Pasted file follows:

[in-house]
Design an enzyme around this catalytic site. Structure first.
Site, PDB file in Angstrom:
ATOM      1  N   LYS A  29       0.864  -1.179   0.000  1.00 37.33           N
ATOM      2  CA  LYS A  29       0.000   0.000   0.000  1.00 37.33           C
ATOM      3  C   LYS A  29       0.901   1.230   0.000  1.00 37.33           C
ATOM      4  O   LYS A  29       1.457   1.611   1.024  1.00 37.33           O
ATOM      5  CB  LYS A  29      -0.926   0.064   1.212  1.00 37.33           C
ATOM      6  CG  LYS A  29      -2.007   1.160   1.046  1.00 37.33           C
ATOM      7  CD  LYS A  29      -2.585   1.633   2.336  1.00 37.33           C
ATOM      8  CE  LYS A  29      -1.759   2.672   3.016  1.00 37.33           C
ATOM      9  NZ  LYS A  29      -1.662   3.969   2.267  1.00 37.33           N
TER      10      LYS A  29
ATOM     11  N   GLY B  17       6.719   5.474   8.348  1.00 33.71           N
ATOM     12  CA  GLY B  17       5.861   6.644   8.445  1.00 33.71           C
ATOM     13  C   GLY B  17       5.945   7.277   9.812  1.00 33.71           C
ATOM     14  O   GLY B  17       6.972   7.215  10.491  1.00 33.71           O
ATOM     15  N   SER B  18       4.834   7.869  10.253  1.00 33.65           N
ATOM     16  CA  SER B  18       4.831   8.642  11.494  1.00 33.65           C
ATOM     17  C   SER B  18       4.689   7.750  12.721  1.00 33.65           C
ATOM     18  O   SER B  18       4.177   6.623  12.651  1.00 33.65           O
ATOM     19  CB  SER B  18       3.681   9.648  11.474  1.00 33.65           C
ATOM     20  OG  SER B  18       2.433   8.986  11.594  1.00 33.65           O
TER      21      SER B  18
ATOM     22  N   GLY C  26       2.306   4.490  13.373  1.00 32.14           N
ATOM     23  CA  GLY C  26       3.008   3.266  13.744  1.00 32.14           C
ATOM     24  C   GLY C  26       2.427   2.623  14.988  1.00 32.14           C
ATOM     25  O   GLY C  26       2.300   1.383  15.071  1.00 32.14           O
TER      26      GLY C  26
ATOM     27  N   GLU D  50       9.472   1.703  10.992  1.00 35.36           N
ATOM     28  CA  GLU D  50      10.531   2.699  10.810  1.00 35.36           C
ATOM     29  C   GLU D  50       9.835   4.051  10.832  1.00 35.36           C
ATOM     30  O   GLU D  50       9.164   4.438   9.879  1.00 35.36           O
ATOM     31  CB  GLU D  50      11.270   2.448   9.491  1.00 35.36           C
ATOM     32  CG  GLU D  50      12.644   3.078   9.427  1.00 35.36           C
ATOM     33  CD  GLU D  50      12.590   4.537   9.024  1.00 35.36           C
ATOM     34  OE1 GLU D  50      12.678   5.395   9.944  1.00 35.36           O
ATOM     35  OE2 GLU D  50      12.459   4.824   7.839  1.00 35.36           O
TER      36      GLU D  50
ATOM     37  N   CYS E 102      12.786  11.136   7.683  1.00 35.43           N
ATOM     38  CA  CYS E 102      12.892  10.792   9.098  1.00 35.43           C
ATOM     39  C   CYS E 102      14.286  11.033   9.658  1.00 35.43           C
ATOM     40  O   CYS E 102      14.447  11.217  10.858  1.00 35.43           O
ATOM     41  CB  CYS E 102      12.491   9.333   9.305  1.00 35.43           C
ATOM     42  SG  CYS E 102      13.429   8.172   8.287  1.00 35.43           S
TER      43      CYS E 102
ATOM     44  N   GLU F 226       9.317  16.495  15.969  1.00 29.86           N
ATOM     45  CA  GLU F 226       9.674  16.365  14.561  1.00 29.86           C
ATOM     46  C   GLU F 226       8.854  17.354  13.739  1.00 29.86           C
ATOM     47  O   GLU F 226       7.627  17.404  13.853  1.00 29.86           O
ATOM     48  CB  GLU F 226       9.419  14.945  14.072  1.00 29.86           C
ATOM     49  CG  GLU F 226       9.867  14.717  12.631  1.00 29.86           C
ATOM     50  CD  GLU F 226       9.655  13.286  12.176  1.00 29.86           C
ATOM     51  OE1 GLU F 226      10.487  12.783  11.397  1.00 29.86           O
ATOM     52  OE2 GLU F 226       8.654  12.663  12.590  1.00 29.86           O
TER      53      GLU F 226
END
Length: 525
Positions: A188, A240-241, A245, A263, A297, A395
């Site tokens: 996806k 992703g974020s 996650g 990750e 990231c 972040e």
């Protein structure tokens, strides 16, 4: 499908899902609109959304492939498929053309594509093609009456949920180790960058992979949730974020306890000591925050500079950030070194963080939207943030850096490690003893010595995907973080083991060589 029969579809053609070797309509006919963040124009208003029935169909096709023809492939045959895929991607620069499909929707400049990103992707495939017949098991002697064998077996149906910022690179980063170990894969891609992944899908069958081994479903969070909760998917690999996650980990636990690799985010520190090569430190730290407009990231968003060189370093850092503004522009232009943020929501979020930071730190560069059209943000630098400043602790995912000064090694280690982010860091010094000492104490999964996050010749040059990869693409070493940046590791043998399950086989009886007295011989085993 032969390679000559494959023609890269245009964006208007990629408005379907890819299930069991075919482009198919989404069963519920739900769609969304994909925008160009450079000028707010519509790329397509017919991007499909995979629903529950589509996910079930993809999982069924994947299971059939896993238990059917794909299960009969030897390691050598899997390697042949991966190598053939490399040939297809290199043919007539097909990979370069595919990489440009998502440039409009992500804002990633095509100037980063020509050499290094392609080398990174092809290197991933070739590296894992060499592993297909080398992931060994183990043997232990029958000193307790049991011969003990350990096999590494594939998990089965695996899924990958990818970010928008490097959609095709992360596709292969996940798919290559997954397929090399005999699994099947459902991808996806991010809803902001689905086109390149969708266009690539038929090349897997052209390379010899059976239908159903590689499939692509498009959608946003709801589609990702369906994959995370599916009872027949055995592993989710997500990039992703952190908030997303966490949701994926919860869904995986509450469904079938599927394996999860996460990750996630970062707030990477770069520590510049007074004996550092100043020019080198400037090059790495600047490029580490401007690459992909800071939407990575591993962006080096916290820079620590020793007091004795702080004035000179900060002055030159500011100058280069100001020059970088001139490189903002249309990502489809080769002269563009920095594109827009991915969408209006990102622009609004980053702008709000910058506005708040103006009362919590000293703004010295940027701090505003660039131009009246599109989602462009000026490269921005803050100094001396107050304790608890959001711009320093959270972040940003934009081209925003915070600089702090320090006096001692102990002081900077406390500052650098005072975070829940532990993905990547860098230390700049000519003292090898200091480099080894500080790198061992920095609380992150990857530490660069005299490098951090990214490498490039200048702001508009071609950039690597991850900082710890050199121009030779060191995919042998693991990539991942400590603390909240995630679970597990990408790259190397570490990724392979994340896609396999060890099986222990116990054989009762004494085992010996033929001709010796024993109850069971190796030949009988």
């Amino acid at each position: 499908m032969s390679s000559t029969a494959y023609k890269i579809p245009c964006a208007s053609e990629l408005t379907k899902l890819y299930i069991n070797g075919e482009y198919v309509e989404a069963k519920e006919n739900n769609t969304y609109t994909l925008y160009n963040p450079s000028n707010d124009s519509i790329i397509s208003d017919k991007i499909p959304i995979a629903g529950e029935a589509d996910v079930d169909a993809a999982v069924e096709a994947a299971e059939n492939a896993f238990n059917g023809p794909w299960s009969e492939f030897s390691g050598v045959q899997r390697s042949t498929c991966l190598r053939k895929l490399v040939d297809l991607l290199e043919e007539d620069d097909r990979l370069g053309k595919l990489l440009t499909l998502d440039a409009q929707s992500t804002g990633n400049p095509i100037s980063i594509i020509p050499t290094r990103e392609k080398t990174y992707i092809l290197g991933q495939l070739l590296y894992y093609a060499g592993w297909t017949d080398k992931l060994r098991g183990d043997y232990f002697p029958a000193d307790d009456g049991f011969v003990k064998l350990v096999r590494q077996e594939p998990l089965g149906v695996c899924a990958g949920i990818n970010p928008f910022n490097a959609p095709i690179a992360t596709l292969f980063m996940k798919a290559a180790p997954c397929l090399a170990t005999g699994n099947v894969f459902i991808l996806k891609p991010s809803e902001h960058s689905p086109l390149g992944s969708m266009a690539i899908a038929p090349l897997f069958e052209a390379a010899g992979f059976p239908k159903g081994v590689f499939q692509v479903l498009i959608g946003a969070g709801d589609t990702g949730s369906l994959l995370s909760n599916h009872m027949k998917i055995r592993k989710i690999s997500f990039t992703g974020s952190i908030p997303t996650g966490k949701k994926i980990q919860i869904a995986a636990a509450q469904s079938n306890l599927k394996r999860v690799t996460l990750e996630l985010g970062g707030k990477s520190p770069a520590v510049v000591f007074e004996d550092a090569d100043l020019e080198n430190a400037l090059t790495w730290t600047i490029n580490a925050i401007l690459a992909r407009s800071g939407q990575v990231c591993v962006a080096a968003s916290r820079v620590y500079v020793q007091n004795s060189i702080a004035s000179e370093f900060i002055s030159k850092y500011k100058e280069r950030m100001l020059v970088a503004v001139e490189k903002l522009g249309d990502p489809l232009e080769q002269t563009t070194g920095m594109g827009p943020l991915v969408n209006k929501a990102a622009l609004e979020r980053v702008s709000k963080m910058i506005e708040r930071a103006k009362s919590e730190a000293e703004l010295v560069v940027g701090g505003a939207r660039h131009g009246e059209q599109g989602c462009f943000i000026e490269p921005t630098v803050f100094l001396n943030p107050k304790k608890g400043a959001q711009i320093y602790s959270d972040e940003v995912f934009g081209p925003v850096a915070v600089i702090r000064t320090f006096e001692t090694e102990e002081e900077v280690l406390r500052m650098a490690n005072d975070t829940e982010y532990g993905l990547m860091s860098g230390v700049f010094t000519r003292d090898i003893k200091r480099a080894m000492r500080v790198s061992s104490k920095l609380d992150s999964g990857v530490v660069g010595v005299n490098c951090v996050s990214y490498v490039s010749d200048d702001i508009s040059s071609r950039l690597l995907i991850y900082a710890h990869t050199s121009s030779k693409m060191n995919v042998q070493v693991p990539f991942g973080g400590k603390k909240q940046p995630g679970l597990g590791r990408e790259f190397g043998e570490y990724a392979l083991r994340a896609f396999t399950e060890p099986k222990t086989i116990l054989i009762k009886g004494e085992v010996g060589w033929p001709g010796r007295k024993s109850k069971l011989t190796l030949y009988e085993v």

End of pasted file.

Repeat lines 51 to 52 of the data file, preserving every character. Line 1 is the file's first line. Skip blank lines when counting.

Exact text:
ATOM     48  CB  GLU F 226       9.419  14.945  14.072  1.00 29.86           C
ATOM     49  CG  GLU F 226       9.867  14.717  12.631  1.00 29.86           C